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Sikhism prohibits idolatry, in accordance with mainstream Khalsa norms and the teachings of the Sikh Gurus, a position that has been accepted as orthodox. Growing Sikh popular discontent with Gurdwara administration and practices during the 1800s, revivalist movements in the mid-1800s who opposed idol worship like the Nirankaris and the Namdharis (who however have followed a living guru since its inception), and the encroachment of Brahmanical customs in the Golden Temple during that period, led to the establishment of the Singh Sabha Movement in 1873, in which the Tat Khalsa faction, dominant since the early 1880s, pushed to renew and standardize the practice of Sikhism. After a period of political advancement, the Khalsa faction re-established direct control over Gurdwara management over

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  • Idolatry in Sikhism
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  • Sikhism prohibits idolatry, in accordance with mainstream Khalsa norms and the teachings of the Sikh Gurus, a position that has been accepted as orthodox. Growing Sikh popular discontent with Gurdwara administration and practices during the 1800s, revivalist movements in the mid-1800s who opposed idol worship like the Nirankaris and the Namdharis (who however have followed a living guru since its inception), and the encroachment of Brahmanical customs in the Golden Temple during that period, led to the establishment of the Singh Sabha Movement in 1873, in which the Tat Khalsa faction, dominant since the early 1880s, pushed to renew and standardize the practice of Sikhism. After a period of political advancement, the Khalsa faction re-established direct control over Gurdwara management over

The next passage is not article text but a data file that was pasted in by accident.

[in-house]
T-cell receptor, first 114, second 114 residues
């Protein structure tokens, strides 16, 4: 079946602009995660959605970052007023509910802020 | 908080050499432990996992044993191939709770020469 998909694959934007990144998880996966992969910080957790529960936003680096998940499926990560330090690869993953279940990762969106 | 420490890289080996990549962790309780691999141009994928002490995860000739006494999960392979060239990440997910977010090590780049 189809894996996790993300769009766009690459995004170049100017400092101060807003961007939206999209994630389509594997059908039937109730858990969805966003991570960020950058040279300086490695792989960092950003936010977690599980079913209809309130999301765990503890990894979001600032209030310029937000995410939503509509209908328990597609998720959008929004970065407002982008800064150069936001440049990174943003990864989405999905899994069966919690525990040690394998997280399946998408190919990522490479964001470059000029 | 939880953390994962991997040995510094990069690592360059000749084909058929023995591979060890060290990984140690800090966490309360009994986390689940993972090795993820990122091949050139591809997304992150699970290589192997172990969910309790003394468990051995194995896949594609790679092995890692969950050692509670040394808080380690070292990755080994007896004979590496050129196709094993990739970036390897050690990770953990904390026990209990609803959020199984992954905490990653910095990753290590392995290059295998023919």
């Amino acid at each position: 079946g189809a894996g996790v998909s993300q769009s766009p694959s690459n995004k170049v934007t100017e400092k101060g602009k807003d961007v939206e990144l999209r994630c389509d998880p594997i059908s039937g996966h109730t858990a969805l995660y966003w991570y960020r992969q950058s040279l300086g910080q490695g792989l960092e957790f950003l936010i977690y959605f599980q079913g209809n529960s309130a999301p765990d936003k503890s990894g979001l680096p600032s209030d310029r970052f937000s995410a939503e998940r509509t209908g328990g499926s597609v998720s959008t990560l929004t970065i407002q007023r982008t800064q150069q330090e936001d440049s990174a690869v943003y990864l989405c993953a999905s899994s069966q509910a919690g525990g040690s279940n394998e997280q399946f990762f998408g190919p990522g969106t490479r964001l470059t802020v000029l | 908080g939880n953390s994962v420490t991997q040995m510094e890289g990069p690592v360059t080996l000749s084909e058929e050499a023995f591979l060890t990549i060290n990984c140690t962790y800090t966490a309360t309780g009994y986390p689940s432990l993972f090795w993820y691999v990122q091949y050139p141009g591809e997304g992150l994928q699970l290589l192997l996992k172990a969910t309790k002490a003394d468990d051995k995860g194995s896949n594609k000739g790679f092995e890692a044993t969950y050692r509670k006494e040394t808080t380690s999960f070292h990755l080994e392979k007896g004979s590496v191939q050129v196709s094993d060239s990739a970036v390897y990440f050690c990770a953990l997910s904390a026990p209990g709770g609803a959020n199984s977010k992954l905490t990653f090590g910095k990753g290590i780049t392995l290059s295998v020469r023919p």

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  • Sikhism prohibits idolatry, in accordance with mainstream Khalsa norms and the teachings of the Sikh Gurus, a position that has been accepted as orthodox. Growing Sikh popular discontent with Gurdwara administration and practices during the 1800s, revivalist movements in the mid-1800s who opposed idol worship like the Nirankaris and the Namdharis (who however have followed a living guru since its inception), and the encroachment of Brahmanical customs in the Golden Temple during that period, led to the establishment of the Singh Sabha Movement in 1873, in which the Tat Khalsa faction, dominant since the early 1880s, pushed to renew and standardize the practice of Sikhism. After a period of political advancement, the Khalsa faction re-established direct control over Gurdwara management over the Udasi and Hindu mahants, who institutionalized idol worship and would eventually identify with the Sanatan Sikhs, who identified with the Brahmanical social structure and considered idol worship as not harmful. The mahants had gained control of Gurdwaras after heavy Mughal persecution forced the Khalsa to relinquish control of the Gurdwaras and vacate the Punjab plains in the 1700s; they were most prominent in the 1800s. The Arya Samaj, opponents of the Sikhs, asserted that many Sikhs accepted idols and their worship within Sikh temples, unlike Khalsa Sikhs who strongly opposed the practice. In 1905, after re-establishing institutional control, the Khalsa managed to have removed the idols installed during the preceding period, as well as ending mahant administration and the practice of other non-Sikh, Brahmanical rituals in the process, considering them "Hindu accretions" and "Brahmanical stranglehold," amidst a major controversy within the Sikh community of that era. The prohibition, state Fenech and McLeod, has also served a means to assert Sikhism differs from Hinduism.
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